In parts 1 and 2, we looked at other things to do before jumping in to QR codes. If you haven’t yet read those posts, go do them now.
To scan a QR code, I like the Google app on iOS, using the Google Goggles feature. I aspire to consolidate the number of apps I have on my iPhone, and a stand-alone QR code reader isn’t necessary. Just click in the search box, and select the camera icon to scan the qr code.
QR Codes: A Fancy Barcode
When explaining what a qr code is to people, I liken it to a fancy bar code that can do a lot of things. Most bar codes are designed for cash register scanners to input the price and monitor inventory. With a smartphone that has a camera built in, QR codes are capable of much more:
- Direct people to a website (make sure it is completely mobile-ready) which ultimately can be used to do a wide variety of things
- Bookmark a website
- Make a phone call
- Send an SMS
- Send an E-mail
- Create a vCard (saves a contact to your address book)
- Create a meCard (similar to a vCard)
- Create a vCalendar Event (save an event to your calendar app)
- Launch Google Maps
- Launch Bing Maps
- Geographical coordinates (for other mapping)
- Android Market Search
- Encode latest Tweet
- Tweet on Twitter
- Twitter Profile Image Overlay
- Blackberry Messenger PIN
- Wifi Network for Android (connect to your friend’s wifi at their house by scanning a QR code without entering a password)
- Free formatted text (display a plain text document on the phone)
I use an app on my Mac to create high quality QR codes.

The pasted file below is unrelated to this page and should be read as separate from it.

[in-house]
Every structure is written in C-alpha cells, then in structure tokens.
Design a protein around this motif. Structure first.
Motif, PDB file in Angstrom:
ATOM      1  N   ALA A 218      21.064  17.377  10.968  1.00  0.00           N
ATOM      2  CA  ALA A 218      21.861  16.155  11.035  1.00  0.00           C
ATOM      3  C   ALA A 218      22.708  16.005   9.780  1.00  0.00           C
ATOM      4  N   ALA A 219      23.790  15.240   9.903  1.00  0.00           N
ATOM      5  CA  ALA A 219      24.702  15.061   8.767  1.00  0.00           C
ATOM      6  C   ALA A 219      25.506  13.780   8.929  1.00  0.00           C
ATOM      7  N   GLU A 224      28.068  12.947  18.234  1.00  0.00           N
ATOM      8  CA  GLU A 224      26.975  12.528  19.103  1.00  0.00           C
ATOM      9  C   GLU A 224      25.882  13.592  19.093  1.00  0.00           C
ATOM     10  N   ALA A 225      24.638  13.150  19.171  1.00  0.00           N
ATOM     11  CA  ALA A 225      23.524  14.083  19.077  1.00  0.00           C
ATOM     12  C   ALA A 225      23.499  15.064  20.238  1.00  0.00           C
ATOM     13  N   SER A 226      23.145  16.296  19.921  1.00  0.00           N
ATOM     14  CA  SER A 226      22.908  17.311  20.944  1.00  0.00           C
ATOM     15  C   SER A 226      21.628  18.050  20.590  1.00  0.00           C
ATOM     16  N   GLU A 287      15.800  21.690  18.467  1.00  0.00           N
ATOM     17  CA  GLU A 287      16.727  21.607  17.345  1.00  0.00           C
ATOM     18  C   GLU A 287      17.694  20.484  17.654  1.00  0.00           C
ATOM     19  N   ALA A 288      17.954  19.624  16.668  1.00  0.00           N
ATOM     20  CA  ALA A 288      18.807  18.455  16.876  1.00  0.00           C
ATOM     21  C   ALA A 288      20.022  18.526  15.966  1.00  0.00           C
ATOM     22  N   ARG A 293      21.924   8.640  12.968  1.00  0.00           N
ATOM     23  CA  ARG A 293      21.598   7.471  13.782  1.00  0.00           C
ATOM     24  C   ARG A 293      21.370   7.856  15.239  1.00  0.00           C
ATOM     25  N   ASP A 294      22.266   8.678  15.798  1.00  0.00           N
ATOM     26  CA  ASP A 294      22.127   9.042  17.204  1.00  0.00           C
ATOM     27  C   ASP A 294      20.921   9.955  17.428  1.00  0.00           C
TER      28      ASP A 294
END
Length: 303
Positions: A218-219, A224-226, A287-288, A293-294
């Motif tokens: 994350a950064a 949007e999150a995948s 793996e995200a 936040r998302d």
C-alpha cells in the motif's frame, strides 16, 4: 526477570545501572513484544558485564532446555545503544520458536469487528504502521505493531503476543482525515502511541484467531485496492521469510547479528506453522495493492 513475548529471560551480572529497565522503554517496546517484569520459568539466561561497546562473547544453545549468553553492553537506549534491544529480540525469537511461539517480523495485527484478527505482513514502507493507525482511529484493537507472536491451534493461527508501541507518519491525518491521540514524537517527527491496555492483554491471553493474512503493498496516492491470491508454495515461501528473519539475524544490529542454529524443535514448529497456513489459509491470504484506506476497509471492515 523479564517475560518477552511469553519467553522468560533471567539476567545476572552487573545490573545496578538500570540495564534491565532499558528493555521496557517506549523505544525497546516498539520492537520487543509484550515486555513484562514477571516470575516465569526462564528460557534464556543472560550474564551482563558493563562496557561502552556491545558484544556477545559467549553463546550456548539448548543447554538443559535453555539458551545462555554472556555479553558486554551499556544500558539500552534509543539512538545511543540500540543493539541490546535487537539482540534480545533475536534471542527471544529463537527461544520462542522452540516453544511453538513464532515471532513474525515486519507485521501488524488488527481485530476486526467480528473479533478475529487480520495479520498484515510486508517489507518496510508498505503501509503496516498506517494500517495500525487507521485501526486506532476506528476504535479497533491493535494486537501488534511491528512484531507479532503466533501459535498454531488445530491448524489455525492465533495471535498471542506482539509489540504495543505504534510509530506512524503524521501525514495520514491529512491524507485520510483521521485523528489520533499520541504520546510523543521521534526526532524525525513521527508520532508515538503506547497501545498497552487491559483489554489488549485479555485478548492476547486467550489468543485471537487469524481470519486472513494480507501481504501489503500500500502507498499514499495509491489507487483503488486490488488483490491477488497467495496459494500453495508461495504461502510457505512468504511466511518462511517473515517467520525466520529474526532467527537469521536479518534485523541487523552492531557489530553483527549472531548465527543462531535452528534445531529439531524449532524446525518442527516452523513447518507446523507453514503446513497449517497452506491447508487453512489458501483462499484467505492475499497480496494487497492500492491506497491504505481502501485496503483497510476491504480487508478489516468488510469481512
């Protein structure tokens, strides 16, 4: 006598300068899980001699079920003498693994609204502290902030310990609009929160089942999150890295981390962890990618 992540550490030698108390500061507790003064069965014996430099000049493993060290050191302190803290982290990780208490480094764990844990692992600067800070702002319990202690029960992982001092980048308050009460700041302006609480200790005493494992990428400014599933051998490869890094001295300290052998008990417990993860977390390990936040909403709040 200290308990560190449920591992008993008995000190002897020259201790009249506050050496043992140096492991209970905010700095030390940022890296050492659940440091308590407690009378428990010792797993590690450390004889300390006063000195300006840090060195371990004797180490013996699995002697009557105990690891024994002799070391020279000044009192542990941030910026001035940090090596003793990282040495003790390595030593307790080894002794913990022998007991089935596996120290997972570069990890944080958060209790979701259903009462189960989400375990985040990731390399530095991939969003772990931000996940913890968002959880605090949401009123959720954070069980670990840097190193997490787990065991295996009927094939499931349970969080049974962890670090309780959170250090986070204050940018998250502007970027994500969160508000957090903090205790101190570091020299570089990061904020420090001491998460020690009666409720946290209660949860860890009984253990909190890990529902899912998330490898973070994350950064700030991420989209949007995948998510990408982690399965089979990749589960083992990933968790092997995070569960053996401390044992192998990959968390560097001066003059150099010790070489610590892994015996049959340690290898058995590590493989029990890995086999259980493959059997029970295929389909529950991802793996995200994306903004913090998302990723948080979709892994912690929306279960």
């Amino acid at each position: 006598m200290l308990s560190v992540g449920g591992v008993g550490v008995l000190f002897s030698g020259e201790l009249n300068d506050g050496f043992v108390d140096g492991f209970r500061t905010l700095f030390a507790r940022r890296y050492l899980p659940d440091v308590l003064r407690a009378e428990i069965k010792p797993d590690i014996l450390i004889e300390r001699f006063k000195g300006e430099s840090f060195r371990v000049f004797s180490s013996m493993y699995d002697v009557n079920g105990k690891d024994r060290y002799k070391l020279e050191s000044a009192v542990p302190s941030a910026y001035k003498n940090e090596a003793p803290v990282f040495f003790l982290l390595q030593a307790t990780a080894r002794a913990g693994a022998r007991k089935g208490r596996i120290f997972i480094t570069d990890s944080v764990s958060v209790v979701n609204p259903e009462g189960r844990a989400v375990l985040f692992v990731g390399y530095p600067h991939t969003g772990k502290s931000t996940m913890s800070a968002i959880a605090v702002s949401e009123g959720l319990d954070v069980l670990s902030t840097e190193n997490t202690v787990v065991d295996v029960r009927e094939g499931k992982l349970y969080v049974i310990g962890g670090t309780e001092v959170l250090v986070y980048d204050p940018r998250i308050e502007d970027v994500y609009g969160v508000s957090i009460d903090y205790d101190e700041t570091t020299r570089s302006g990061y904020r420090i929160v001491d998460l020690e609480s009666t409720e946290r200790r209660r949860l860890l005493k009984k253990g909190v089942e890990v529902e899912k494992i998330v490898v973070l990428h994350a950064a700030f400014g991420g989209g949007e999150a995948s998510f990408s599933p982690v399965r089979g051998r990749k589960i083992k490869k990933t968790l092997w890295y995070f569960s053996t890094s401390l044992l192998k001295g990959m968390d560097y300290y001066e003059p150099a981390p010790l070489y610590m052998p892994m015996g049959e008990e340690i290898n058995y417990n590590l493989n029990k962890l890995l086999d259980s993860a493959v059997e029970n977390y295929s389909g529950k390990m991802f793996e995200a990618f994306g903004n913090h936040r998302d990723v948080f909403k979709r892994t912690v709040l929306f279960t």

QR Codes Are Misused
QR codes have been widely adopted by Japanese smartphone users, but haven’t gotten the same fanfare in North America. Primarily because marketers rushed to implement them without considering what happens from the users perspective. Common problems include:
- The QR code is a low-quality graphic (these need to be high-resolution files the further away the user is scanning)
- QR codes redirecting people to a non-mobile website (why would they want to see that on their phones?)
- No prompts for what the user will find when they scan the code or incentive to do so
- Placing the QR codes where people will likely have no mobile phone reception or is otherwise unsafe (billboards on the highway, the back of the company truck, subways, and airplanes)
- Assuming using QR codes covers all your mobile marketing needs
- Not tracking how many people scan the QR code and what action they take (how will you know if it works?)
- Putting QR codes on websites – if I’m already on the site from the computer, I don’t really want to open it on mobile (and if I ever have a reason, I can do so without your help)
For a quick read and a good laugh at the marketing blunders companies have made, see Scott Stratten‘s book: QR Codes Kill Kittens.
QR Codes Can Be Awesome
I got an early Christmas present from my parents – a new Samsung Smart TV! I started to unbox it and was slightly stumped at the stand. I needed to assemble this correctly and thought that I had, but I don’t want my new big screen tv to wobble and unexpectedly face-plant onto the living room floor. It mattered to me that every screw was exactly in place as it should. So – I scanned the helpful QR code in the packaging that auto-played a demonstration video.
I’ve also needed a quick way to move a website that I’m looking at on my computer to my iPhone (like testing my clients websites). For that, I have a Chrome extension that I right-click on the site to display a QR code that I scan from my phone.